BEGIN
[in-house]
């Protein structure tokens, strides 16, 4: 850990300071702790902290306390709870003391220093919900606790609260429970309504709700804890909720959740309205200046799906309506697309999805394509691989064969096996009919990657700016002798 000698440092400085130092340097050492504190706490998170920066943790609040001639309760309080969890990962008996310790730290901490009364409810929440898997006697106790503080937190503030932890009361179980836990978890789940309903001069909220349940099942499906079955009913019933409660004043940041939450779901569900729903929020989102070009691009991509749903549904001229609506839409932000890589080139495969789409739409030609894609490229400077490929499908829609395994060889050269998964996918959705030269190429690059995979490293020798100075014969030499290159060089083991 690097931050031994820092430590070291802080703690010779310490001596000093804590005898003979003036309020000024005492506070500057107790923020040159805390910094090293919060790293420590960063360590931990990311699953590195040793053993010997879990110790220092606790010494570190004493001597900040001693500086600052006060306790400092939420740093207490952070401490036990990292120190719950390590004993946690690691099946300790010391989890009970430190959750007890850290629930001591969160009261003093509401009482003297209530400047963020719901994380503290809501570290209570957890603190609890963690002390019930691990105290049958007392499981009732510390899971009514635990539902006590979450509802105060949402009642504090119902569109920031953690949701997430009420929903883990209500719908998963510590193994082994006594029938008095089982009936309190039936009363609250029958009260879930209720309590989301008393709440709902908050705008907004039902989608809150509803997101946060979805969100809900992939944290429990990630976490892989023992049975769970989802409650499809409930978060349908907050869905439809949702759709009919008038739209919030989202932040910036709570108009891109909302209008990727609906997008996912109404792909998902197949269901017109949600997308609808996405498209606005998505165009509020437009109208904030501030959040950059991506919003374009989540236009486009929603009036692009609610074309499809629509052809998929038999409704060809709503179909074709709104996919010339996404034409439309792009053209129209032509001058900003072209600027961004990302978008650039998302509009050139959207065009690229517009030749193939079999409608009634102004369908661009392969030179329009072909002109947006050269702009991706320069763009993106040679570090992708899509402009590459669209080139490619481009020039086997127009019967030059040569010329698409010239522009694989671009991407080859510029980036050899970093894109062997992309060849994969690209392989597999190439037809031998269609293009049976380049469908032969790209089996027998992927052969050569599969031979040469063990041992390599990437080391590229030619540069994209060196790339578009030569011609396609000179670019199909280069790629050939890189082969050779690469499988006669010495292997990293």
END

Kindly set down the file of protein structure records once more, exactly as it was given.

[in-house]
């Protein structure tokens, strides 16, 4: 850990300071702790902290306390709870003391220093919900606790609260429970309504709700804890909720959740309205200046799906309506697309999805394509691989064969096996009919990657700016002798 000698440092400085130092340097050492504190706490998170920066943790609040001639309760309080969890990962008996310790730290901490009364409810929440898997006697106790503080937190503030932890009361179980836990978890789940309903001069909220349940099942499906079955009913019933409660004043940041939450779901569900729903929020989102070009691009991509749903549904001229609506839409932000890589080139495969789409739409030609894609490229400077490929499908829609395994060889050269998964996918959705030269190429690059995979490293020798100075014969030499290159060089083991 690097931050031994820092430590070291802080703690010779310490001596000093804590005898003979003036309020000024005492506070500057107790923020040159805390910094090293919060790293420590960063360590931990990311699953590195040793053993010997879990110790220092606790010494570190004493001597900040001693500086600052006060306790400092939420740093207490952070401490036990990292120190719950390590004993946690690691099946300790010391989890009970430190959750007890850290629930001591969160009261003093509401009482003297209530400047963020719901994380503290809501570290209570957890603190609890963690002390019930691990105290049958007392499981009732510390899971009514635990539902006590979450509802105060949402009642504090119902569109920031953690949701997430009420929903883990209500719908998963510590193994082994006594029938008095089982009936309190039936009363609250029958009260879930209720309590989301008393709440709902908050705008907004039902989608809150509803997101946060979805969100809900992939944290429990990630976490892989023992049975769970989802409650499809409930978060349908907050869905439809949702759709009919008038739209919030989202932040910036709570108009891109909302209008990727609906997008996912109404792909998902197949269901017109949600997308609808996405498209606005998505165009509020437009109208904030501030959040950059991506919003374009989540236009486009929603009036692009609610074309499809629509052809998929038999409704060809709503179909074709709104996919010339996404034409439309792009053209129209032509001058900003072209600027961004990302978008650039998302509009050139959207065009690229517009030749193939079999409608009634102004369908661009392969030179329009072909002109947006050269702009991706320069763009993106040679570090992708899509402009590459669209080139490619481009020039086997127009019967030059040569010329698409010239522009694989671009991407080859510029980036050899970093894109062997992309060849994969690209392989597999190439037809031998269609293009049976380049469908032969790209089996027998992927052969050569599969031979040469063990041992390599990437080391590229030619540069994209060196790339578009030569011609396609000179670019199909280069790629050939890189082969050779690469499988006669010495292997990293």